Well, the halls are decked, the family room is decked, the dining room is decked, and still the decking continues. I'm still working on the outside and the Christmas tree in the dining room. Tom walked in the other night, looked around and commented, "You know, this is a season, not a sickness." My response, "Move, or I'll cover you with tinsel."
Tuesday night our good friend Fred Chiaventone addresses the Kansas City Civil War Roundtable. Fred is the author of two of my favorite books, A Road We Do Not Know and Moon of Bitter Cold. It will be a great evening. If you can't join us, visit Fred's website, http://home.earthlink.net/~chiaventone/, and by all means, put these books on your Christmas list.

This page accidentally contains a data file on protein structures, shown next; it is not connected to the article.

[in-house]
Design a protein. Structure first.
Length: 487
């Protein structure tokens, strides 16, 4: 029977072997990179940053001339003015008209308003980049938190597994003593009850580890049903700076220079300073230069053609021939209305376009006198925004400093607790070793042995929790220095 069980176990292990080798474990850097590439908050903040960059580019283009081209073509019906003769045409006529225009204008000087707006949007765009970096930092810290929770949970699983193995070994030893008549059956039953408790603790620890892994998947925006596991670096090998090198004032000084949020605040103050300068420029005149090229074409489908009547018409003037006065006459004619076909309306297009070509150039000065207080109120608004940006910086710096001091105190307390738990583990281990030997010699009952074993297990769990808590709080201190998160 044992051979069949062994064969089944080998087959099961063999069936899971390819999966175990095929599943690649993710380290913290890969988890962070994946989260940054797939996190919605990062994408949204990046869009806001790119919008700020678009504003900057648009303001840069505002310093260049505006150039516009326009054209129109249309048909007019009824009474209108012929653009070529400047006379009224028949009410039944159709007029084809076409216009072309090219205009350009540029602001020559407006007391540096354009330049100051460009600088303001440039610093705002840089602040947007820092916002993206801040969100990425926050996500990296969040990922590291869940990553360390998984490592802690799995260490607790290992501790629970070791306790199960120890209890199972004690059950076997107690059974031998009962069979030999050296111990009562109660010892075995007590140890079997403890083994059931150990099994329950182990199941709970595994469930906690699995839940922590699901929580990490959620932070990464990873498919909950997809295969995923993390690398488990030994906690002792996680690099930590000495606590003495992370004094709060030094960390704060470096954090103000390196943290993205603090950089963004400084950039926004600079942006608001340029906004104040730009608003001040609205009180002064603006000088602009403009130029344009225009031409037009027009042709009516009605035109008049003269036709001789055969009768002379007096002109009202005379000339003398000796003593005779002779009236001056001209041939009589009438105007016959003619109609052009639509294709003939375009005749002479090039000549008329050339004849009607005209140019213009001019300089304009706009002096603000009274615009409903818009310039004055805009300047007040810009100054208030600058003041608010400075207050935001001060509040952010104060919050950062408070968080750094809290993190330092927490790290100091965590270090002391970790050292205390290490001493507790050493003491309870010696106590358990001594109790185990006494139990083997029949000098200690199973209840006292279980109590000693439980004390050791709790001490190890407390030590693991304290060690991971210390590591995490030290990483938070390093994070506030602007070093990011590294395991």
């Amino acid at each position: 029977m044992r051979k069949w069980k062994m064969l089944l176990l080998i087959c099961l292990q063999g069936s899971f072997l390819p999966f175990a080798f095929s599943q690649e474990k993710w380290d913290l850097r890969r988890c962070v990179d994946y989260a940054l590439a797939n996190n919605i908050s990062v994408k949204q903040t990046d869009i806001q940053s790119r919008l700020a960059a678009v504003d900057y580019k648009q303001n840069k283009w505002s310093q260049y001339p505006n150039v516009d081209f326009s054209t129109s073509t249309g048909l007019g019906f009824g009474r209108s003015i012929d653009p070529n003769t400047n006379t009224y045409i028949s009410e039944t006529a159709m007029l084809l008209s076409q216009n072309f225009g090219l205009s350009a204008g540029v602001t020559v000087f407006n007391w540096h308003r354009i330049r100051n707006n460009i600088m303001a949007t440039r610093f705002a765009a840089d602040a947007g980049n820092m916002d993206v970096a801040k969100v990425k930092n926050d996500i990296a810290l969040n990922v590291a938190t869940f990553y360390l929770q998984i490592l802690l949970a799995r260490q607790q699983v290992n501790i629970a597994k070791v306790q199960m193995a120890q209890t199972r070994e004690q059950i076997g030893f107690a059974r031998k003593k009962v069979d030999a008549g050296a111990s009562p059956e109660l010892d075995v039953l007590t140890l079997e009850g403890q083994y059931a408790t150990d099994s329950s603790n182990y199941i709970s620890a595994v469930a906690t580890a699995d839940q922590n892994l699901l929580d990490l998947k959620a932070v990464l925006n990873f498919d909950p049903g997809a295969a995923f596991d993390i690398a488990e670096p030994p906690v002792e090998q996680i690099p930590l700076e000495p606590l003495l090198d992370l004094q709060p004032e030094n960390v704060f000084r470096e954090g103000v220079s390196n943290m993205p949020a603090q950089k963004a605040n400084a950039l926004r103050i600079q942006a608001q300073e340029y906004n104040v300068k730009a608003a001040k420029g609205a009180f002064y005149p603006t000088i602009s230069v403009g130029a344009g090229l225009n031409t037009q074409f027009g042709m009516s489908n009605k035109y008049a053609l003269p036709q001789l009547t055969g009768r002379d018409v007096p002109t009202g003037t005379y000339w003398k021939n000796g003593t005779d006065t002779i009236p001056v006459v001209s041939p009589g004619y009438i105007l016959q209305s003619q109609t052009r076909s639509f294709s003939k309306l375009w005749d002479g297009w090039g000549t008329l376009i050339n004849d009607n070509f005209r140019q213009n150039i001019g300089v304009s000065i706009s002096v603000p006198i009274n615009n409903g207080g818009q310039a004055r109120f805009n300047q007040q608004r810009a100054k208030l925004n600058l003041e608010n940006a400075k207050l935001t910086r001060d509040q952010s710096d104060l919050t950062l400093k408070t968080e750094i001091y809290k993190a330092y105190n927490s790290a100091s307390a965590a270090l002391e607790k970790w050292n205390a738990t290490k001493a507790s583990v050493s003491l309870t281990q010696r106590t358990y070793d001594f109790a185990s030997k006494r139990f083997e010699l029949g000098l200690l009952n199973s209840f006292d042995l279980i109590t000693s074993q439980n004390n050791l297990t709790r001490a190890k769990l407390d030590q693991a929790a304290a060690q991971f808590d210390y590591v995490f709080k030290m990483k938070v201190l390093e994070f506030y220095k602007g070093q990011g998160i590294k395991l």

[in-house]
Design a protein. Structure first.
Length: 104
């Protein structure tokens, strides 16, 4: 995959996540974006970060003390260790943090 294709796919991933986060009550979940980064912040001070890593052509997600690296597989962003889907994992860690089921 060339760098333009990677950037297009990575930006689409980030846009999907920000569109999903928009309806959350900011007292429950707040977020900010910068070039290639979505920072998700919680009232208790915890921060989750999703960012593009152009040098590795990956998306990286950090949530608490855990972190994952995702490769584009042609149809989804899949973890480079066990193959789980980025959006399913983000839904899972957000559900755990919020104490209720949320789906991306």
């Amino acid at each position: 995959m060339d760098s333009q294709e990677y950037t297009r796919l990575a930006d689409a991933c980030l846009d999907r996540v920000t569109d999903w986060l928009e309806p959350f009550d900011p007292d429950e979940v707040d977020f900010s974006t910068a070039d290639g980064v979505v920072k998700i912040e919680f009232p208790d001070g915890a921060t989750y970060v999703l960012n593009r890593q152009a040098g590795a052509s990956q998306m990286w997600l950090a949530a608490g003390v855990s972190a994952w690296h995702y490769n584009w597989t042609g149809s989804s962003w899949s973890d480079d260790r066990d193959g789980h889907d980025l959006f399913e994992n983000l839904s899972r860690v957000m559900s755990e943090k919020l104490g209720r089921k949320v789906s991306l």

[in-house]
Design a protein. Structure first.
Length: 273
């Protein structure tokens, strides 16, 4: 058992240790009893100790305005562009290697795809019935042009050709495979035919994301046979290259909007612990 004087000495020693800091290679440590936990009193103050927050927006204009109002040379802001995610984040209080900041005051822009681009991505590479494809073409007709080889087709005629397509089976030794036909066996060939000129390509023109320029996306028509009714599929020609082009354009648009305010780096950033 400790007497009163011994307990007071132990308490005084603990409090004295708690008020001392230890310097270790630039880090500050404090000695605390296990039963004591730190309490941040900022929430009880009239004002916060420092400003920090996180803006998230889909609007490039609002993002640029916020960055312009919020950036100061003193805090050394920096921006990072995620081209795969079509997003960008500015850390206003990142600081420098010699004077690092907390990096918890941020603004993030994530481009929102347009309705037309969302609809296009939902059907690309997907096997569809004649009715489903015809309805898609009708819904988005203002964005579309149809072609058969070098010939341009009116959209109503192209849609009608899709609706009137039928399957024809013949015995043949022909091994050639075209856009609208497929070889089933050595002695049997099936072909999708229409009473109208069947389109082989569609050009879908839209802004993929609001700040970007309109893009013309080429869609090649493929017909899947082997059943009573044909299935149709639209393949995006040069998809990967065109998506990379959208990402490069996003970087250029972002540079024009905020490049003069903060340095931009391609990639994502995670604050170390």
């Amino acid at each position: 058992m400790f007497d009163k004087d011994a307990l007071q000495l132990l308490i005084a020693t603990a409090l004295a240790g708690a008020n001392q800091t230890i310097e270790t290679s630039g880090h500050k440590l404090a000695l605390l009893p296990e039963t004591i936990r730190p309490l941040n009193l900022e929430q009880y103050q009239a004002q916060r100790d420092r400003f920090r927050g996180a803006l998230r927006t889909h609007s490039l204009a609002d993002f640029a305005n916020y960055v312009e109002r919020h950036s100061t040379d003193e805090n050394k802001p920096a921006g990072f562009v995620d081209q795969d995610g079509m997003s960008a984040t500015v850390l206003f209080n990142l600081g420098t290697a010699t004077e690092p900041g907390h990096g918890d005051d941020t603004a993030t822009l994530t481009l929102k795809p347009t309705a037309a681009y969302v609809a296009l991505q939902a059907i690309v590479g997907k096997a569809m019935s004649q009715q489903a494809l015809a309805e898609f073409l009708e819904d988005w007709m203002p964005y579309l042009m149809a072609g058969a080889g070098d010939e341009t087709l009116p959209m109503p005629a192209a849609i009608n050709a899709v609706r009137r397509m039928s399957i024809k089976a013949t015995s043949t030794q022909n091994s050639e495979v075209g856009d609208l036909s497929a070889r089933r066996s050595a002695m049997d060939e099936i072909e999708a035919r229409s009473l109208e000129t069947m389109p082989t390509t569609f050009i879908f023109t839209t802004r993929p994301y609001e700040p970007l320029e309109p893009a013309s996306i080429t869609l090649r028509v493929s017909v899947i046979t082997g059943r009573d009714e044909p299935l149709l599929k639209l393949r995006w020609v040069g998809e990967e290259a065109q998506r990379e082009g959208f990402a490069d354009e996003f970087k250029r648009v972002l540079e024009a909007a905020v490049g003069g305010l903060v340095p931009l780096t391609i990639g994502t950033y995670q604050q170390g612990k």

Noel and I took Number One Daughter and grand-daughter to airport Saturday morning in our first snow of the season. Even though we only had about an inch, the roads were really hazardous. If we saw one accident, we saw a dozen. We traveled safely, they arrived in Charlotte safely, and we had a wonderful holiday together. Despite what Tom says, it is not all about food.
I called this blog "Mason-Dixon Wild West" because I wanted to emphasize the links between the South and the Wild West. No life exemplifies that link more plainly than that of Doc Holliday. Author Ben Traywick writes:
John Henry's mother was a Southern beauty, and his father was a druggist, planter and soldier. Henry Holliday volunteered to fight Indians in Georgia in 1838, Mexicans in 1846 and Yankees in 1861. He rose to the rank of major during the Civil War, but sickness caused him to resign his commission in 1862. Two years later he moved his family to Valdosta, Ga., near the Florida line, when he realized that his old home was in the path of Union General William Tecumseh Sherman's "March to the Sea." The senior Holliday quickly became one of Valdosta's leading citizens. In 1876, he was elected mayor.
For the rest of this fascinating story, click on historynet.com.